Traditional, Waterfall, Big Bang delivery is suited to complex or high risk change programs and risk averse, conservative or complex businesses. There’s more time to prepare for the change, and fewer surprises along the way. Bit by Bit or Agile delivery is great for getting a change delivered quickly, then progressively adding new bells and whistles to make your solution even better.
Key ingredients for success
The key ingredients for success are exactly the same on Waterfall or Agile projects. Either way, it’s still key to:
- be clear on your project objectives and requirements
- have strong sponsorship and change leadership
- manage risks
- maintain active feedback loops and robust testing
- communicate effectively to manage your impact on staff and customers.
The key ingredients are the same but the cooking methods are often different. In Agile there is less formal documentation and more informal conversations. There is also substantially more stakeholder engagement required on Agile projects. A 300 percent increase in stakeholder engagement requirements is not uncommon, including multiple half day or full day stakeholder workshops. From a stakeholder’s perspective, the good news is they don’t need to read a 200 page requirements document written in tech-speak. It’s much easier to get a feel for what a system will be like by sitting in a workshop experiencing a live demonstration of the latest prototype.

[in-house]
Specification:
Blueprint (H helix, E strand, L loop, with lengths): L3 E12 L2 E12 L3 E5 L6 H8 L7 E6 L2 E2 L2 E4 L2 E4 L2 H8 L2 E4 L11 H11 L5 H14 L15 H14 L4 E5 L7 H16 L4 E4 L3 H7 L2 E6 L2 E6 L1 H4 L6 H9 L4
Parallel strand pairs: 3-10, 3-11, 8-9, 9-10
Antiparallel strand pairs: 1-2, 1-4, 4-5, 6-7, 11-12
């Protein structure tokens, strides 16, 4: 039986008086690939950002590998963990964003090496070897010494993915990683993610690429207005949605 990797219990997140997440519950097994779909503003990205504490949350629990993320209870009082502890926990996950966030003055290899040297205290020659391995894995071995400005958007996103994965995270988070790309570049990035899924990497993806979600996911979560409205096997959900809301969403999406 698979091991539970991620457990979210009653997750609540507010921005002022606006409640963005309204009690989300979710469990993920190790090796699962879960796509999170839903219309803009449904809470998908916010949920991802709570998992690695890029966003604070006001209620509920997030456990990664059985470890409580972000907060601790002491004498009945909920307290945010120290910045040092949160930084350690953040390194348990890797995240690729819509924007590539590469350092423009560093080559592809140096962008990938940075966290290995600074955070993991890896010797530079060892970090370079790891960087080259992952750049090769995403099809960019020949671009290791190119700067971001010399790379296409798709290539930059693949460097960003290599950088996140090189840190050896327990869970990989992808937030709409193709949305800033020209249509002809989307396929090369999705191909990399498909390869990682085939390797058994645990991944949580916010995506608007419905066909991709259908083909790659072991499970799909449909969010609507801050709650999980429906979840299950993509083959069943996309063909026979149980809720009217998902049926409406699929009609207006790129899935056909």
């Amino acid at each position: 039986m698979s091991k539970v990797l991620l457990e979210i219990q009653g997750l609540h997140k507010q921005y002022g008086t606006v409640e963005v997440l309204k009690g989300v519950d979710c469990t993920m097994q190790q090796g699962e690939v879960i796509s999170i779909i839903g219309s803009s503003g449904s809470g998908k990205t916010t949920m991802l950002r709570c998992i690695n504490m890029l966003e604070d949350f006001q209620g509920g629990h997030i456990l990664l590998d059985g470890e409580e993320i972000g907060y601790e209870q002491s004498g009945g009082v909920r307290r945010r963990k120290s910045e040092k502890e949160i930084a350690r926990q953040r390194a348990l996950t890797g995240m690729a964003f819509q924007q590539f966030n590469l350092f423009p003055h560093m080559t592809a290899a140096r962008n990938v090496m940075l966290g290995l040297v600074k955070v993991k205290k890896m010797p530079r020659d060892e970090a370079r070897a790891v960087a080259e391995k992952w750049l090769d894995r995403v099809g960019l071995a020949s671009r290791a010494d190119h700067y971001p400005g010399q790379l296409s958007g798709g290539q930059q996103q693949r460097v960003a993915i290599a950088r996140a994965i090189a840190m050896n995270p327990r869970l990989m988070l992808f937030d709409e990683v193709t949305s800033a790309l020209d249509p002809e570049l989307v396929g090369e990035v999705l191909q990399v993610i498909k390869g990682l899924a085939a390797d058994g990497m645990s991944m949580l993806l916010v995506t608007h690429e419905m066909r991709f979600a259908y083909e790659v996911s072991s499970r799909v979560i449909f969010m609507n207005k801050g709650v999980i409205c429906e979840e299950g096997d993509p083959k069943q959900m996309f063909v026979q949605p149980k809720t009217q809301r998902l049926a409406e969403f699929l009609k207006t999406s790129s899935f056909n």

Maintaining enthusiasm for the change program tends to be easier as you get runs on the board along the way. It’s really important, though, to manage expectations. If your stakeholders are used to waterfall projects they may expect all the bells and whistles to be delivered in the first release, which goes against the Agile philosophy.
The role of the Change Manager in an Agile project
It’s critical for Change Managers to have a seat at the table when setting the delivery approach on an Agile project. The sizing and timing of each Agile release needs to consider not just the technical development complexity and lead times, but also the magnitude of impact on staff and customers. I’ve seen one change on one screen of a system impact 100 business processes and 40 teams. A small technical change doesn’t always equate to a small impact.